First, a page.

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Mataqali goes organic

Serenia Vilele
Friday, August 11, 2017

IN today's world, it is often the case that people will invest primarily for their own benefit. However, that cannot be said for Samu Niusama at Nalawa in Ra Province who has left the comforts of friends and familiar surroundings to help work his mataqali land to establish be the first organic ginger farm in Ra.

At Nubumakita Village in Nalawa, there are four mataqali; Nawaka, Nakorose, Navinaka and Nawainitu. Samu is a member of the Mataqali Nawaka.

"The Ministry of Agriculture approached us and wanted someone to start organic ginger farming in Nubumakita and that was when I volunteered to help my mataqali," he said. "When I started in 2016, ginger was nothing new to me as I grew up with ginger and I knew my way around it, how things should be done."

On some ginger farms, the yield can be 1-2kg from a plant factoring in geographical location of the farm and how the land is used. From an organic ginger farm, it can be 2-3kg per plant.

The long-term plan of the mataqali organic ginger project is to support the education and other developments of Samu's younger relatives. It mattered so much to him resulting in the plam to take the initiative to another level.

The Ministry of Agriculture also took the farmers to Kaiming Agriculture Investment Ltd in Navua to enlighten them on all aspects of organic ginger farming.

"It broadened our ginger planting skills and how to go about organic ginger farming and I also received 12 tonnes of organic ginger from Kaiming as planting material," said Samu.

With the help of mataqali members, they managed to clear the land and planted 16 blocks on 1.4 acres using the simple farming method of furrowing using ropes and hoes.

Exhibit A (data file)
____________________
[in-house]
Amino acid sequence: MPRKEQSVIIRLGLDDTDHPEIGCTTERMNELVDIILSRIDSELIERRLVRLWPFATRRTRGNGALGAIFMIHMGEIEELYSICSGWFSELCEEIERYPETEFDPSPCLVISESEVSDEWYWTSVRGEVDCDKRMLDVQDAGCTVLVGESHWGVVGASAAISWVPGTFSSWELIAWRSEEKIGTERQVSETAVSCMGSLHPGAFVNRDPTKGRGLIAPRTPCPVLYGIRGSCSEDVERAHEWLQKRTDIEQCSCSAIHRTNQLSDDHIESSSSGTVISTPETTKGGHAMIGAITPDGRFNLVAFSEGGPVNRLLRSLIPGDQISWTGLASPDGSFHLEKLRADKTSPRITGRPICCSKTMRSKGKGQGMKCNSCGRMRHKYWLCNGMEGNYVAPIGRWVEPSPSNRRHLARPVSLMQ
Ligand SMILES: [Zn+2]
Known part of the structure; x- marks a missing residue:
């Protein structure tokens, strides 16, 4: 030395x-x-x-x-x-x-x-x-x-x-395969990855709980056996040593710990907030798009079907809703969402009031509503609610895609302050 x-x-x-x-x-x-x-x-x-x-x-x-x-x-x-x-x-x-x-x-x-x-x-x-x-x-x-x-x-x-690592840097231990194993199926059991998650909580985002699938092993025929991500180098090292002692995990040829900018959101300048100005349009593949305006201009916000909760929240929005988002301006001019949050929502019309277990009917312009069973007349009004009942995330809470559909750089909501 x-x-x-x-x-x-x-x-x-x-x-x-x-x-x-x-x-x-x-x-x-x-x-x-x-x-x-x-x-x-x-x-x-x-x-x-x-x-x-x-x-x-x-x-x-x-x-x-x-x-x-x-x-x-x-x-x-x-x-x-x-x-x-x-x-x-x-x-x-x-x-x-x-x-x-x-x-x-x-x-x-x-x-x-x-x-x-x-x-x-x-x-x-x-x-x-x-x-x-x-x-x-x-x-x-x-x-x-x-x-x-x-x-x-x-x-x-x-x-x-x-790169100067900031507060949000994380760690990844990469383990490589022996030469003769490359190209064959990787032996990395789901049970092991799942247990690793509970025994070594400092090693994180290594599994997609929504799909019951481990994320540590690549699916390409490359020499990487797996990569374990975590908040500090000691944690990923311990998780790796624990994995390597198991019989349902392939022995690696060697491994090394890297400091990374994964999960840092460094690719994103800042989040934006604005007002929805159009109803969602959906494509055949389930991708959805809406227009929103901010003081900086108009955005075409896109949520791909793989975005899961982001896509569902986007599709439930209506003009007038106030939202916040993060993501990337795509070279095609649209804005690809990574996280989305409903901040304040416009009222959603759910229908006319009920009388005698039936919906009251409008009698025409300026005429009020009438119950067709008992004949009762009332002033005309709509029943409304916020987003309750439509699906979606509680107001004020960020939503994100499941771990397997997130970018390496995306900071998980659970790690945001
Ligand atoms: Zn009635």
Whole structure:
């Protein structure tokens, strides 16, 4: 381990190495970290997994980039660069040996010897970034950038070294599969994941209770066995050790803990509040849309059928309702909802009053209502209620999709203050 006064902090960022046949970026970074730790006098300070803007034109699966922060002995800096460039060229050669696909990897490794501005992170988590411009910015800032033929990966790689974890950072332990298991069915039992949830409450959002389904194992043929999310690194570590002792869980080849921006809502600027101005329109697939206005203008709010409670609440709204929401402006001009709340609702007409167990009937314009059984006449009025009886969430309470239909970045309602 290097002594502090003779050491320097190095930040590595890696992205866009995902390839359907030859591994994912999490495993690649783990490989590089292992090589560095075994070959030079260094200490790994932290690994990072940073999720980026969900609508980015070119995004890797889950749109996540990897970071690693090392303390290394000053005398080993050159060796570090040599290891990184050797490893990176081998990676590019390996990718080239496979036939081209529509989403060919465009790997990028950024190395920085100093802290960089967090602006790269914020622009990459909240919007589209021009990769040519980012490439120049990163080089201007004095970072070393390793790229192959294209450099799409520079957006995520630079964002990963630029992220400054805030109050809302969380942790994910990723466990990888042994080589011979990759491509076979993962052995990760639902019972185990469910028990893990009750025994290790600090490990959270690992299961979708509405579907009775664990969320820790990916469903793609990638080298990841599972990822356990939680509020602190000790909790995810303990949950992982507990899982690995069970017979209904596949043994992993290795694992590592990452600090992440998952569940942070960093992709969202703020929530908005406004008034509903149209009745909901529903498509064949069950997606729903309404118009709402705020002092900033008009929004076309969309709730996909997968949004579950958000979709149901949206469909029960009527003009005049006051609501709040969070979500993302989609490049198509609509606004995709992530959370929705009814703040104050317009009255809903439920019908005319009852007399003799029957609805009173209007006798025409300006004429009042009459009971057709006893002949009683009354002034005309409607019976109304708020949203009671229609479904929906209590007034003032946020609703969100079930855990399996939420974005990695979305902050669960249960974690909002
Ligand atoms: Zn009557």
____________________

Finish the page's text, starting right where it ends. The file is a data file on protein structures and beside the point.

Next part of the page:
However successful they have become establishing the first organic farm, the devastation last December caused by flooded access roads and bridges up to the interior dragged the mataqali development a mile back. It may have only put their plan a mile back but the flooding did not discourage Samu from continuing with what he had started.

"It is fortunate that ginger is a six-month commodity and from what we have now, after harvesting in August we are planning to replant the whole 16 blocks again and fill up other vacant plots," he proudly said.

"It has a lot of benefits. First, organic ginger does not require fertiliser and the stress of purchasing fertiliser and the time used that would have been used to apply it to the crop can be used doing other farm activities," he said.

"Secondly, it is resilient to wild pigs which cause of major crop damage around here. They uproot almost everything and ginger is the only commodity that they do not touch."

Regular farm visits enable early detection of root knot and tuber scale in ginger plants.

"Before it reaches other ginger plants, it is essential that diseased ones are removed before they damage the remaining ones."

Now that they are involved in organic ginger, Samu has plans for the mataqali to go organic with other vegetables and other crops.

Agriculture assistant (Nalawa) Paula Makubuna said organic farming was just being introduced into the province and farmers had responded positively.

"Samu and a few other farmers having experienced ginger planting in Waibau are well versed with ginger planting and other techniques."

Mr Makubuna said three other villages had been identified to start planting organic ginger.

"Planting material will be brought from the Mataqali Nawaka seed-bed and distributed to keen farmers in the identified areas and planting will start this September," he said.

* Serenia Vilele is an employee of the Ministry of Agriculture.

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